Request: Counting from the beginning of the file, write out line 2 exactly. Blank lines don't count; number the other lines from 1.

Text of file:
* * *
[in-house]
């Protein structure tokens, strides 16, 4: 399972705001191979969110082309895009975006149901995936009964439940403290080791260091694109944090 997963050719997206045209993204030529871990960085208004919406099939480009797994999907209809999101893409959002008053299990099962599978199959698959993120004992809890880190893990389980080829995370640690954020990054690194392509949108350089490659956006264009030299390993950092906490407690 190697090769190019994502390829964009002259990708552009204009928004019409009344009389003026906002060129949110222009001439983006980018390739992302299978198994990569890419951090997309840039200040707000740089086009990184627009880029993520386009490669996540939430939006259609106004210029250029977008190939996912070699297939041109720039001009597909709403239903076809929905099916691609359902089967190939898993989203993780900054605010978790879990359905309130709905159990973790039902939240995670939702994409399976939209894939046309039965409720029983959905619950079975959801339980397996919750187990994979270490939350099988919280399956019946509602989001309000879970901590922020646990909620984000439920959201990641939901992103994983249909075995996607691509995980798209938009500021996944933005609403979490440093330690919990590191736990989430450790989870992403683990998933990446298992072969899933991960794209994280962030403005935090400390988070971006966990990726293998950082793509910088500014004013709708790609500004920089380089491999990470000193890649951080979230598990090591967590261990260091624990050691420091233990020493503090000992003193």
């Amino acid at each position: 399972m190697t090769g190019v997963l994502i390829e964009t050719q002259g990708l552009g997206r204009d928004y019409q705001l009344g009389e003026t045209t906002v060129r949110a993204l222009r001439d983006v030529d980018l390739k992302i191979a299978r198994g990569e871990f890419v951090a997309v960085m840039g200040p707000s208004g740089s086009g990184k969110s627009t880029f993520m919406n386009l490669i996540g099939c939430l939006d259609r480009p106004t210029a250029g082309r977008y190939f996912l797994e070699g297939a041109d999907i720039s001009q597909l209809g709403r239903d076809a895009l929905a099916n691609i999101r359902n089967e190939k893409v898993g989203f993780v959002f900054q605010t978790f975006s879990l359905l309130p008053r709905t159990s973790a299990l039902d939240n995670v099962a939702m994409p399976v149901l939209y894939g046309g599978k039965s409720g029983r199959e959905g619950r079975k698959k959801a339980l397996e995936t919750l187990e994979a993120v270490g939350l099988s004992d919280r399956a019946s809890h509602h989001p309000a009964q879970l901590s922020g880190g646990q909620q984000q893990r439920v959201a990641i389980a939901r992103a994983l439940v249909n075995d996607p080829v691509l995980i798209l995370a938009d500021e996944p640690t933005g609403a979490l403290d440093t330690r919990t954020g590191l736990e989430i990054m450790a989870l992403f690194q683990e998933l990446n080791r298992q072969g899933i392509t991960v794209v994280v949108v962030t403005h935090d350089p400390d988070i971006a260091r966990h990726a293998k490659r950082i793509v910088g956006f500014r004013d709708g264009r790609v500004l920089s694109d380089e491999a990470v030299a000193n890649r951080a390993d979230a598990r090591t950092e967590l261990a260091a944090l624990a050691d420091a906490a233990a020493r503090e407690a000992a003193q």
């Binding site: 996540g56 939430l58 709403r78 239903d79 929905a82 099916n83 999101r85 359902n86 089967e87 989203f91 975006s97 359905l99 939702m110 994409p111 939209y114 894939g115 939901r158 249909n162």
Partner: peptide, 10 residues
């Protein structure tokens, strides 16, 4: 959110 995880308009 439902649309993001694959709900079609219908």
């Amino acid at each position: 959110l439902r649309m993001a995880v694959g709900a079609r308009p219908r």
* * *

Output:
């Protein structure tokens, strides 16, 4: 399972705001191979969110082309895009975006149901995936009964439940403290080791260091694109944090 997963050719997206045209993204030529871990960085208004919406099939480009797994999907209809999101893409959002008053299990099962599978199959698959993120004992809890880190893990389980080829995370640690954020990054690194392509949108350089490659956006264009030299390993950092906490407690 190697090769190019994502390829964009002259990708552009204009928004019409009344009389003026906002060129949110222009001439983006980018390739992302299978198994990569890419951090997309840039200040707000740089086009990184627009880029993520386009490669996540939430939006259609106004210029250029977008190939996912070699297939041109720039001009597909709403239903076809929905099916691609359902089967190939898993989203993780900054605010978790879990359905309130709905159990973790039902939240995670939702994409399976939209894939046309039965409720029983959905619950079975959801339980397996919750187990994979270490939350099988919280399956019946509602989001309000879970901590922020646990909620984000439920959201990641939901992103994983249909075995996607691509995980798209938009500021996944933005609403979490440093330690919990590191736990989430450790989870992403683990998933990446298992072969899933991960794209994280962030403005935090400390988070971006966990990726293998950082793509910088500014004013709708790609500004920089380089491999990470000193890649951080979230598990090591967590261990260091624990050691420091233990020493503090000992003193």